Makers Mark head to step aside

By Associated Press
Posted Jan. 12 at 6:49 a.m.

For 35 years, Bill Samuels Jr. oversaw Maker’s Mark bourbon as it matured from a regional novelty started by his parents to an international brand recognizable by its red wax seal.

Now he’s planning to step aside for the next generation of his family to lead the rural Kentucky distillery, known for its distinctive square bottles that are sealed with red wax. Samuels, 70, will retire as president of Maker’s Mark on April 15, when he’ll become chairman emeritus of the brand owned by Fortune Brands Inc., the company announced.

His son, Rob, who was appointed chief operating officer last October, will lead the distillery in Loretto, the quiet rural community 45 miles south of Louisville that has been home to Maker’s Mark since the 1950s.

Bill Samuels said in a phone interview with The Associated Press that his career was an “incredible journey” that turned his family’s tiny whiskey operation into one of the most recognized brands in the world, helping it to surpass 1 million cases bottled for the first time in 2010.

Also last year, Maker’s Mark introduced its first new product — Maker’s 46 — a close cousin of the original but with a different aging method in the final weeks to give the whiskey a distinct taste.

When Samuels went home to help run the family business after earning a law degree from Vanderbilt University, the bourbon industry was struggling and the Maker’s Mark brand was a well-kept secret outside the Bluegrass state.

“Back then, there wasn’t such a thing as a premium bourbon category,” Samuels said.

“There wasn’t such a thing as anybody outside Kentucky either knowing what Maker’s Mark was or caring about what it was. Those two things have changed dramatically in the last 43 years.”

He was there when his father, Bill Samuels Sr., wrote a $35,000 check to buy the distillery in central Kentucky. The elder Samuels concocted the recipe that became Maker’s Mark, and it was his wife, Margie, who came up with the idea of adorning the bottles with dripping red wax.

Other than the bourbon, it has been the wax seal that has caught the consumer’s eye for decades.

Last year, a federal judge issued an injunction preventing a rival liquor company from using a dripping wax seal on the tequilas it sells in the United States, ending a seven-year legal battle.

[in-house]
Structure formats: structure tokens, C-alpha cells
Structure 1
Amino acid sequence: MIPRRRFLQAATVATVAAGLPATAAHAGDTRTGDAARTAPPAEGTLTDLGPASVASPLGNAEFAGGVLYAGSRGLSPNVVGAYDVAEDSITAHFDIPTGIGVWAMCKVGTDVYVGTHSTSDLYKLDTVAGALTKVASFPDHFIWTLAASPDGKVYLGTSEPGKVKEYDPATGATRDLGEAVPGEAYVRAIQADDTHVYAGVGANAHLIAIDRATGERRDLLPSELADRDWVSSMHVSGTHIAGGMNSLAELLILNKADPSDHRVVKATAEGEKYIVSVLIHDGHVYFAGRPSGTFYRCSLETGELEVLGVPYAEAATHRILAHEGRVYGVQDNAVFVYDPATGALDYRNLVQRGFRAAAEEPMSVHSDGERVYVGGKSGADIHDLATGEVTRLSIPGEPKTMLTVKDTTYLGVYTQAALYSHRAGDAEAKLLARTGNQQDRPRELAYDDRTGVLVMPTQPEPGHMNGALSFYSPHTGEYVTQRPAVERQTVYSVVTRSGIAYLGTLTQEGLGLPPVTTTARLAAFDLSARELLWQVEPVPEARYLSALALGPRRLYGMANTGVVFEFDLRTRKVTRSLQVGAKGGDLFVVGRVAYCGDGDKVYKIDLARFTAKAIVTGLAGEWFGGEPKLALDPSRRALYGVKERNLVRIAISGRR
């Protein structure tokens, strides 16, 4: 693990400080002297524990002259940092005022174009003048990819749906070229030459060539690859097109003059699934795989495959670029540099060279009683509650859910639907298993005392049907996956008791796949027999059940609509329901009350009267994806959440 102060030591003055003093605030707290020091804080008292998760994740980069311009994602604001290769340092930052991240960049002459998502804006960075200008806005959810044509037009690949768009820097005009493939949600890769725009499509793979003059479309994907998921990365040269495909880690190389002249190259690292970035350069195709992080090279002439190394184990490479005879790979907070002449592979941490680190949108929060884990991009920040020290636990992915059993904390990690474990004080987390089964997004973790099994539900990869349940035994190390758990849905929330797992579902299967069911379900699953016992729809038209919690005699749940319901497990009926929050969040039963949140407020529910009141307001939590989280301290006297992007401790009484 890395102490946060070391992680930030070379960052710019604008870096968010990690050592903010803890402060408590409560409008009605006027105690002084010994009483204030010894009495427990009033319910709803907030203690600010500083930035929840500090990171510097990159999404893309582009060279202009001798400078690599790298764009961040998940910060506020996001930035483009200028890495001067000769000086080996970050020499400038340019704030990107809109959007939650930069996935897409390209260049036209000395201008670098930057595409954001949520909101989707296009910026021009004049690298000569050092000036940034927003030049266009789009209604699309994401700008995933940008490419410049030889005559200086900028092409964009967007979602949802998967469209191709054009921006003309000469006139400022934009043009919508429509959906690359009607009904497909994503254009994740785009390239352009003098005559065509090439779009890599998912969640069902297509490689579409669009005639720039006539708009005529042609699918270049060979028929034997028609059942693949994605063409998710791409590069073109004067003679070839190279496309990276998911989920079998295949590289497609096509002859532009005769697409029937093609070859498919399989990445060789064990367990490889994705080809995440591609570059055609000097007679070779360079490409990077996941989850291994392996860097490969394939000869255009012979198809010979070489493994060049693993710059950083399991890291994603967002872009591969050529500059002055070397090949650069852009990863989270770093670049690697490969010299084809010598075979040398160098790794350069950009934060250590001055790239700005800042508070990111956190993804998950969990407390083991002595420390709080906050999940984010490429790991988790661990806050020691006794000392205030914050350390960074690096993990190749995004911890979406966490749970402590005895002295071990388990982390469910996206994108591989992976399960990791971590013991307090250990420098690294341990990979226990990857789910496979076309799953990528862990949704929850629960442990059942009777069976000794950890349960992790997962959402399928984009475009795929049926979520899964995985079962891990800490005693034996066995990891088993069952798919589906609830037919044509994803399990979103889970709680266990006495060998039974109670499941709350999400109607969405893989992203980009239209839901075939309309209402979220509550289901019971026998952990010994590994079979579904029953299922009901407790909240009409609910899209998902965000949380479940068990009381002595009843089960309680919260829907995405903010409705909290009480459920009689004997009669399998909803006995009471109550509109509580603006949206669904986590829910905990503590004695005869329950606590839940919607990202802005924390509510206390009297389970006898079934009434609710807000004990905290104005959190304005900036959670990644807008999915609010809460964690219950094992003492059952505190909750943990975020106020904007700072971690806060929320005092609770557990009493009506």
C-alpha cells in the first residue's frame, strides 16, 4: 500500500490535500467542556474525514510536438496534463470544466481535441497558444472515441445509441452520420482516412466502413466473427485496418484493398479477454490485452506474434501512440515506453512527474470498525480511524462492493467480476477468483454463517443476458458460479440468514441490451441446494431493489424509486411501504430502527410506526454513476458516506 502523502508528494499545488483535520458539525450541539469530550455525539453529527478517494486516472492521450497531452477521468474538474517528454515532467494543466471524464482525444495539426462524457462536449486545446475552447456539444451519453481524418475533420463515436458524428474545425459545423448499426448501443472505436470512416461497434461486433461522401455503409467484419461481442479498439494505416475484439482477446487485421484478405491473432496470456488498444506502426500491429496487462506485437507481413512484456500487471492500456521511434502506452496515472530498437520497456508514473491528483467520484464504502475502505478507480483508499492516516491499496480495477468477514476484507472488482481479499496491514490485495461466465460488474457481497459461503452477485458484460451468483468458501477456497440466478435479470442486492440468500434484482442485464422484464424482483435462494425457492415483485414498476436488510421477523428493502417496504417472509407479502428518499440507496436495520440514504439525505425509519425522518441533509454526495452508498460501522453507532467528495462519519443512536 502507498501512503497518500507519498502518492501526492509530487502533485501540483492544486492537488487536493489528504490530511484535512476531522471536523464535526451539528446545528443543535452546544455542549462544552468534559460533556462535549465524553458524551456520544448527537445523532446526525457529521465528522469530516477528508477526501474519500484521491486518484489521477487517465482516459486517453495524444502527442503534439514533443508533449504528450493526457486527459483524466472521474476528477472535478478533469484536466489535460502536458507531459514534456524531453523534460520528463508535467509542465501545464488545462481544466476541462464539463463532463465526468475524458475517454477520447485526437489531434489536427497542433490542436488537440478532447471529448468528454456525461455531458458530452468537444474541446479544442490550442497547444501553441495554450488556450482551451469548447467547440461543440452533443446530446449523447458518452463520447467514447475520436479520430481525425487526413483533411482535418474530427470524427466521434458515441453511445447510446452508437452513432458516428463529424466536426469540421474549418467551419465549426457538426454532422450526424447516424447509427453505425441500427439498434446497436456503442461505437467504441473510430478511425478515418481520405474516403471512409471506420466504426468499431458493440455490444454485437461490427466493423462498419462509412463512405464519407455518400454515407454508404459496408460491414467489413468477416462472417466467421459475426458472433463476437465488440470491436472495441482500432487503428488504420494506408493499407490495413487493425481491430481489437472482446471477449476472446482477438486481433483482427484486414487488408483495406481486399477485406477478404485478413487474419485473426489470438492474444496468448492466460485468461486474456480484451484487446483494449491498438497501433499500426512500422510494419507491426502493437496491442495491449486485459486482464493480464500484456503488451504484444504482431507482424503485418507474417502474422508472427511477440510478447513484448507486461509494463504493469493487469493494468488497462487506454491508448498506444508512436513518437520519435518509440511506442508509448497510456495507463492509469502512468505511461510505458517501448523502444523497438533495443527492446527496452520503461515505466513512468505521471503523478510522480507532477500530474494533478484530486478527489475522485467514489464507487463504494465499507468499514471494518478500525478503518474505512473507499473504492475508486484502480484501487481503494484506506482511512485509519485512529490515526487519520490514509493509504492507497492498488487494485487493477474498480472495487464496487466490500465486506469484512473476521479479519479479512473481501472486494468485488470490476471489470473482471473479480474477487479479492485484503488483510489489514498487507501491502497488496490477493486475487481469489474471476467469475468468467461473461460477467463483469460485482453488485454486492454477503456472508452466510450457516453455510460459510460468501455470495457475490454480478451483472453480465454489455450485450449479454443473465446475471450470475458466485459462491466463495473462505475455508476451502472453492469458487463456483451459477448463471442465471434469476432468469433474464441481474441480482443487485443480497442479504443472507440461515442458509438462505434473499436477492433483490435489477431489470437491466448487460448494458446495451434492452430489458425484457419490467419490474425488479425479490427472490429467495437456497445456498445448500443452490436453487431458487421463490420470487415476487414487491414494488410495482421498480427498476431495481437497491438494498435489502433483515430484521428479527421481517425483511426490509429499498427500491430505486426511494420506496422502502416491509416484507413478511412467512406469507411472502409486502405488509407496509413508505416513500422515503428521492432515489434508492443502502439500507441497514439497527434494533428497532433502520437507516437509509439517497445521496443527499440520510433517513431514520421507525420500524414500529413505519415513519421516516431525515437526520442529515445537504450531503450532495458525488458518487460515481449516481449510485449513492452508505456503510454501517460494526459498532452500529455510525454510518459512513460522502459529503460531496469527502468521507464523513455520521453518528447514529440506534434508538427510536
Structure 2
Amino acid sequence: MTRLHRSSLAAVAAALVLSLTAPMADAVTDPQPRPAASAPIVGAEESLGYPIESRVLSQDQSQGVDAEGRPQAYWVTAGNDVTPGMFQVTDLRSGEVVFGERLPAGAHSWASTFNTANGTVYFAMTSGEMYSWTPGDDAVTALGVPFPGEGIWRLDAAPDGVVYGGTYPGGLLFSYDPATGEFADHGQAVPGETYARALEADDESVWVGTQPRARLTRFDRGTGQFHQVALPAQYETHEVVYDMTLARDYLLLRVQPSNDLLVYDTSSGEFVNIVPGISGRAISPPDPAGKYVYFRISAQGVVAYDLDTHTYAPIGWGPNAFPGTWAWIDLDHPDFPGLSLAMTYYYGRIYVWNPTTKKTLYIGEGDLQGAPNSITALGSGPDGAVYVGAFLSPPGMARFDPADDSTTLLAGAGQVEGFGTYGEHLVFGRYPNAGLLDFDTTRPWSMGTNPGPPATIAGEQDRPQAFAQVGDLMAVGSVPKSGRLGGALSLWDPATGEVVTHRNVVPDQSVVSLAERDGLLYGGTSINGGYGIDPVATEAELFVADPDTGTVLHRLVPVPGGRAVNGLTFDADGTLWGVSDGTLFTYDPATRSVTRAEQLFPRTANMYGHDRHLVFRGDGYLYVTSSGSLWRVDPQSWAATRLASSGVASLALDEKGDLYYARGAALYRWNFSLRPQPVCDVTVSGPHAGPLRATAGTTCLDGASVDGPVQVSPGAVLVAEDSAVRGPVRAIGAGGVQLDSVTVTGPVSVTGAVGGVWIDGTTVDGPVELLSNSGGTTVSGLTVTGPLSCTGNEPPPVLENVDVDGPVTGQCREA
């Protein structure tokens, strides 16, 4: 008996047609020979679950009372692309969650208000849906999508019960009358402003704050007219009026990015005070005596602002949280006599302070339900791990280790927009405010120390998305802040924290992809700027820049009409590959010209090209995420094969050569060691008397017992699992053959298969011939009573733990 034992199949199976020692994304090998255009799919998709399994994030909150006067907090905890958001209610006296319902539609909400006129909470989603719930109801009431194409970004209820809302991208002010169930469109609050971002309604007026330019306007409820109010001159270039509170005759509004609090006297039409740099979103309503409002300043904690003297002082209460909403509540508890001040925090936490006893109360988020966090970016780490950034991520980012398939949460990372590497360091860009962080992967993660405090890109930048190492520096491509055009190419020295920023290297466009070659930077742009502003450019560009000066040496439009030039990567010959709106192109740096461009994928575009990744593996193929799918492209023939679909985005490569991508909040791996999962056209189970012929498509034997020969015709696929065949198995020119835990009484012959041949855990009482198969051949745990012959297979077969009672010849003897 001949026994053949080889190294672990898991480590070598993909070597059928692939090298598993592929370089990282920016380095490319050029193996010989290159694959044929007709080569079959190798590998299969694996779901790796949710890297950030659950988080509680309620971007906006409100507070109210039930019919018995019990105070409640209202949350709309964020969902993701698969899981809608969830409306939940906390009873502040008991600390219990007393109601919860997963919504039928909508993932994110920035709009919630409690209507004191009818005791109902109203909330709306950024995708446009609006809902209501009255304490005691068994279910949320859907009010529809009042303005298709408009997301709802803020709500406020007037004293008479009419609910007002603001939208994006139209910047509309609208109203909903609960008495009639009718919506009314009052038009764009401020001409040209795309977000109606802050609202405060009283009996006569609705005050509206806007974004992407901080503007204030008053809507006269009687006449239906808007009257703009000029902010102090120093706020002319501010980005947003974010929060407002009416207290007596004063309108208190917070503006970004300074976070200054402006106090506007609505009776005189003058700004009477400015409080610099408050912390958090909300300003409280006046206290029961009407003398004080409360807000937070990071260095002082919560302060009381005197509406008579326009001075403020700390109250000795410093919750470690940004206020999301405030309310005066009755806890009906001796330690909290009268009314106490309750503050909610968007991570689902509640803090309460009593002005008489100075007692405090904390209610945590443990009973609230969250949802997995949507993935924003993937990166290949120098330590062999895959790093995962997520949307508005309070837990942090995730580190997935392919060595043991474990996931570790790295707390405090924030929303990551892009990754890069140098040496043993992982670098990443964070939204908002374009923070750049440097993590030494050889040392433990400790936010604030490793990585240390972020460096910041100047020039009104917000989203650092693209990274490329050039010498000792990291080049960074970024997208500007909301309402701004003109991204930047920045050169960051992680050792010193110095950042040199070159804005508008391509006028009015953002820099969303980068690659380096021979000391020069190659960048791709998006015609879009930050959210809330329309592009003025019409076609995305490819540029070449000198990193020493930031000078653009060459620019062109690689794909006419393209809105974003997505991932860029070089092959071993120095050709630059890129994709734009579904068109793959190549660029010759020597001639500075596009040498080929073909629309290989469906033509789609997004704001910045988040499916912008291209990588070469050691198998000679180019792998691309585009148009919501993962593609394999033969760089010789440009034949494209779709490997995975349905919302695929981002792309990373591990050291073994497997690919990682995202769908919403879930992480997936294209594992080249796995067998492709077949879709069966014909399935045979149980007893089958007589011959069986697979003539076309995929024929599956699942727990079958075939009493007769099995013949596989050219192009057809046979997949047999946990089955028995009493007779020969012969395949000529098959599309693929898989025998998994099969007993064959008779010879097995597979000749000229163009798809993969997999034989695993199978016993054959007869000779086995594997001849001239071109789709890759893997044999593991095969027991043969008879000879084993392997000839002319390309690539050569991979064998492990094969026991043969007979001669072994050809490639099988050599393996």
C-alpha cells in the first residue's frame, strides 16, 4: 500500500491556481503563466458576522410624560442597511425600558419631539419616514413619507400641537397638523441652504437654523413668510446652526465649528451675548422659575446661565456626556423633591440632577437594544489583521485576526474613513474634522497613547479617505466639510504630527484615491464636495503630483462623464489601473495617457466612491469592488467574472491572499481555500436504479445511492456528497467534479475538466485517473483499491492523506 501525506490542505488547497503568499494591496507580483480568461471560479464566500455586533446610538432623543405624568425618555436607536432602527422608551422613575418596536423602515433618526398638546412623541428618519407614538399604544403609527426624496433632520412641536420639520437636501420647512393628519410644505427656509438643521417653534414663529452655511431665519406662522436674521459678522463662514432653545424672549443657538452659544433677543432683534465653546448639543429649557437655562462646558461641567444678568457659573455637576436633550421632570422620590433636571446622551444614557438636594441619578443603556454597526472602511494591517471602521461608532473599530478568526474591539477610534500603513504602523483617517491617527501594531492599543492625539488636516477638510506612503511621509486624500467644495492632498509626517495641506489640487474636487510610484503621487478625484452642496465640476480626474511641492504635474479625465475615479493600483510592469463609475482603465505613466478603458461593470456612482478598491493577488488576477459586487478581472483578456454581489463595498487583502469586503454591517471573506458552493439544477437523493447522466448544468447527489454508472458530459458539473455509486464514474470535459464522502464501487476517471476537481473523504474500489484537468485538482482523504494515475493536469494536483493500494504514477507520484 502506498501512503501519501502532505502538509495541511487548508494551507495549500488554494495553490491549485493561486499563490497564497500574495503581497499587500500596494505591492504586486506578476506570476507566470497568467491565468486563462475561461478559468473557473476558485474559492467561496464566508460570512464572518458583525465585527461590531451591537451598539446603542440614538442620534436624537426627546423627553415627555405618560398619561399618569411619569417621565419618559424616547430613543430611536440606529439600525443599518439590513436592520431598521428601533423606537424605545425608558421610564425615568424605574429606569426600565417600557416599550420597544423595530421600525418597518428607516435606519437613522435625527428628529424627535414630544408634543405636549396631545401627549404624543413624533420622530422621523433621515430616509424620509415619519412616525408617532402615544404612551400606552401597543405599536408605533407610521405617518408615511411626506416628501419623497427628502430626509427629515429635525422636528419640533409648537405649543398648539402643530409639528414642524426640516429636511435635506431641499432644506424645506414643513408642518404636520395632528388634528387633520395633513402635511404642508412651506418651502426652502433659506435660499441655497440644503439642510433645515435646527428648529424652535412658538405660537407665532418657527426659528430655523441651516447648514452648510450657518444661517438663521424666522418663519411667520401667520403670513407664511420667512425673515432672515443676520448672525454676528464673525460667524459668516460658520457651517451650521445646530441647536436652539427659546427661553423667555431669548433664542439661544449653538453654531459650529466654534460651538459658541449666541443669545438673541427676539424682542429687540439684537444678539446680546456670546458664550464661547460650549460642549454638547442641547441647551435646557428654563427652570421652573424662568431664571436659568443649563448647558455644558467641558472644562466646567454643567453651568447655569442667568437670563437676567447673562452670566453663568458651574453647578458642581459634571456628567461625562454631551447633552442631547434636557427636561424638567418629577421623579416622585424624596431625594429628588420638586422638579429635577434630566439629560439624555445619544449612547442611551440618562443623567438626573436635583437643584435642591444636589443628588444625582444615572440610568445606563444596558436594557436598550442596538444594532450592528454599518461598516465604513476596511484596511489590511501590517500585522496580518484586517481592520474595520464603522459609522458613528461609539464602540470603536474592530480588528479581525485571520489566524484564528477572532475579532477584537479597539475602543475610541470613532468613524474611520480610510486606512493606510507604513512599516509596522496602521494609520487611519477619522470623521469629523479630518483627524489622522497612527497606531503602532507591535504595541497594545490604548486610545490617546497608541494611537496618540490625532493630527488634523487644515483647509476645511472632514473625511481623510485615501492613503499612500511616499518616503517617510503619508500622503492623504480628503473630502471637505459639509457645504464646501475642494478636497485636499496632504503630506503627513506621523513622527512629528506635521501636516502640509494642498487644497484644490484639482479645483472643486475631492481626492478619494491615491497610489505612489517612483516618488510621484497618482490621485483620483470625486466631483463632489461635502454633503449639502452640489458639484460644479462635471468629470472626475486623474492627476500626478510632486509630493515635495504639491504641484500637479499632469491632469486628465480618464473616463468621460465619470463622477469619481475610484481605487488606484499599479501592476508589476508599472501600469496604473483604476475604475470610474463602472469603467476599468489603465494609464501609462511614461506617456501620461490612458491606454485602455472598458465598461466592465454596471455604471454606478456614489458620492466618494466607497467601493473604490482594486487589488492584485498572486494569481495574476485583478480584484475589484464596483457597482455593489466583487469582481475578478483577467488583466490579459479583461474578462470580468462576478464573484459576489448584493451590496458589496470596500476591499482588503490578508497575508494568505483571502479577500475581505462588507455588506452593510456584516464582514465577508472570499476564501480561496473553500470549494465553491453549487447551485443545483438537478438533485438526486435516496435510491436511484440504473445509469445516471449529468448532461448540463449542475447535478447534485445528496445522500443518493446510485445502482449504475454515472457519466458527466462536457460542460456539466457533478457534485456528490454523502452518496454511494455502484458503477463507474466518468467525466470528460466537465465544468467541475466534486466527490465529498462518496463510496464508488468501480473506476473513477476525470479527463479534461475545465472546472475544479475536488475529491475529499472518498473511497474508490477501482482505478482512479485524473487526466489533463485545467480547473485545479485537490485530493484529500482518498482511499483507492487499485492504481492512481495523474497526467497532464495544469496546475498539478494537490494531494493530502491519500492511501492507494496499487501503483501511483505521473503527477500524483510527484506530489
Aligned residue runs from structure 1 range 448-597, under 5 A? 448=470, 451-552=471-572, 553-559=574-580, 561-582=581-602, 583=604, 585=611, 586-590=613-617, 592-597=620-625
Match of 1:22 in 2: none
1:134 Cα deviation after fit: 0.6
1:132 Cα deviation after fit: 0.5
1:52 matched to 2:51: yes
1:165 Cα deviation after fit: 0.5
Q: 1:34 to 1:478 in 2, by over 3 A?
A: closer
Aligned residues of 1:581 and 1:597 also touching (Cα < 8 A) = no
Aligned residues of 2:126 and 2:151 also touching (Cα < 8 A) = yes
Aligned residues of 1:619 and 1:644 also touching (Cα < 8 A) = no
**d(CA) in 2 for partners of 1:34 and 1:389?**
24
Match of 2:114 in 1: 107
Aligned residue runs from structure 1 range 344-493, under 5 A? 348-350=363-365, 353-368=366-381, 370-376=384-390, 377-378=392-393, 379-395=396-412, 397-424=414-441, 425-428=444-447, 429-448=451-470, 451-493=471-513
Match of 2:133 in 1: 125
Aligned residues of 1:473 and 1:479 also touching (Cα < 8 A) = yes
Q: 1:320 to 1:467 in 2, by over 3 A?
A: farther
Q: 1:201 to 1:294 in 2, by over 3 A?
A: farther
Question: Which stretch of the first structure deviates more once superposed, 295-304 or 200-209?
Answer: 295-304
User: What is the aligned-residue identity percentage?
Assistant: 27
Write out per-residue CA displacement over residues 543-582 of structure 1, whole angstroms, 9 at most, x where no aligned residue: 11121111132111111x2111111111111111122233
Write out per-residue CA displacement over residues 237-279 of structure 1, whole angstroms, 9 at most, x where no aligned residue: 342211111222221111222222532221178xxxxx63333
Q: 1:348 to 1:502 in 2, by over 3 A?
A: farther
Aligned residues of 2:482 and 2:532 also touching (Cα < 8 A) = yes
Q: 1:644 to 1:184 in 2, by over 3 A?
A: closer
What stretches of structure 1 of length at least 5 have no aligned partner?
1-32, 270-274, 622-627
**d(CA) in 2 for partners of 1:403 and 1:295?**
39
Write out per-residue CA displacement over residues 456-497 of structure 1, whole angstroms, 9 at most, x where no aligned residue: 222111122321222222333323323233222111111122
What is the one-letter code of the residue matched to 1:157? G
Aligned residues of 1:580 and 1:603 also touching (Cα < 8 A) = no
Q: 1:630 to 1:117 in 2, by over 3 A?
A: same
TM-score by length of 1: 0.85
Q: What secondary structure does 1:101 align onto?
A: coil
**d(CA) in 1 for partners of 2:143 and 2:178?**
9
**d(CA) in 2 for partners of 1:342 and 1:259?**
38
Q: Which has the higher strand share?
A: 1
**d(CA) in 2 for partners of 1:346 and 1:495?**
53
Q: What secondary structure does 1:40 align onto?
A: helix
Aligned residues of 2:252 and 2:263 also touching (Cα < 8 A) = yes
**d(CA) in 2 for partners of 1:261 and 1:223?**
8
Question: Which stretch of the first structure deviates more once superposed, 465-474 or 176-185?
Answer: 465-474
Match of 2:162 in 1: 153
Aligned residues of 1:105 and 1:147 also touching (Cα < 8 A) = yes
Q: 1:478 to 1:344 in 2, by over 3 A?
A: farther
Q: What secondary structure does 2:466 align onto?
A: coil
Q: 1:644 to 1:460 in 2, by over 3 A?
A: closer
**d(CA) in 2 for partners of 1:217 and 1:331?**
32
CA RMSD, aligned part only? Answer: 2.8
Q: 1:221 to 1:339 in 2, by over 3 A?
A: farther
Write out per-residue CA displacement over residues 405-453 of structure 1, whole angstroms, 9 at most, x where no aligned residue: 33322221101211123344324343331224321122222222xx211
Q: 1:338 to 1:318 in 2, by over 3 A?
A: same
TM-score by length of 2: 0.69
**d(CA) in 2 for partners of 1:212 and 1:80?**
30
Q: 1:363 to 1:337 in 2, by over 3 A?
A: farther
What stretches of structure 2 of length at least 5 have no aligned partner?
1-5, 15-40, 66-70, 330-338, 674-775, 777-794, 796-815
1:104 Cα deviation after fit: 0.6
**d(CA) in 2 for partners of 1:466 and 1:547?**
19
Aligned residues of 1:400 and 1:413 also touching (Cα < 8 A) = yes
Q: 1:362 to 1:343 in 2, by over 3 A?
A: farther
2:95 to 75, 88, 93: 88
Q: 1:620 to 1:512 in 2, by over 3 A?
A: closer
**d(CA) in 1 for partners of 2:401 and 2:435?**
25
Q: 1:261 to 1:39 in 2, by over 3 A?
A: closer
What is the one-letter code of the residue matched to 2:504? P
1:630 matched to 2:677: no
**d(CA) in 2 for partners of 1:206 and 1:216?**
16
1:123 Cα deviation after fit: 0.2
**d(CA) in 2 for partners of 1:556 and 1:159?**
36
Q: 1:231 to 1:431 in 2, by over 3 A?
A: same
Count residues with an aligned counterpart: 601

Production of Maker’s Mark started in 1954, but it wasn’t until 1970 that the distillery turned a net profit, their son said.

“That’s the definition of tenacity,” Bill Samuels Jr. said.

The Samuelses were at the forefront of the premium bourbon category that revived the industry.

“That has released a lot of creativity at all of the distilleries,” he said.

Now, the Maker’s Mark distillery is in the midst of a nearly $110 million expansion that will increase production by 50 percent and double bottling capacity and warehouse storage.

Maker’s Mark was sold to Hiram-Walker & Sons in 1981, then in 1987 was acquired by Allied-Lyons, which later became Allied Domecq. Deerfield, Ill.-based Fortune Brands, whose brands include Jim Beam bourbon, acquired Maker’s in 2005.

The constant has been Samuels.

“Bill Samuels reinvented the way bourbon was marketed at a time when the industry needed it most,” said Matthew J. Shattock, president and CEO of Beam Global Spirits & Wine Inc., a division of Fortune Brands. “He forever changed the bourbon industry while building Maker’s Mark into a global brand and staying true to his family’s commitment to handcraftsmanship.”

Maker’s has had double-digit growth for years, and has seen its export sales soar.

Rob Samuels, 36, called his father a “tremendous mentor,” and said he’ll continue to draw on his “institutional knowledge.”

As for his greatest professional accomplishment, Bill Samuels said, “Staying the course in light of a lot of temptations to go off and do wine coolers and vodka and gimmicks.”

Samuels is the seventh generation in his family to continue the bourbon-making tradition. After his retirement, he’ll slide into a role as a chief brand ambassador and will pitch in with special projects.

“I’m not real good at vacation,” he said.

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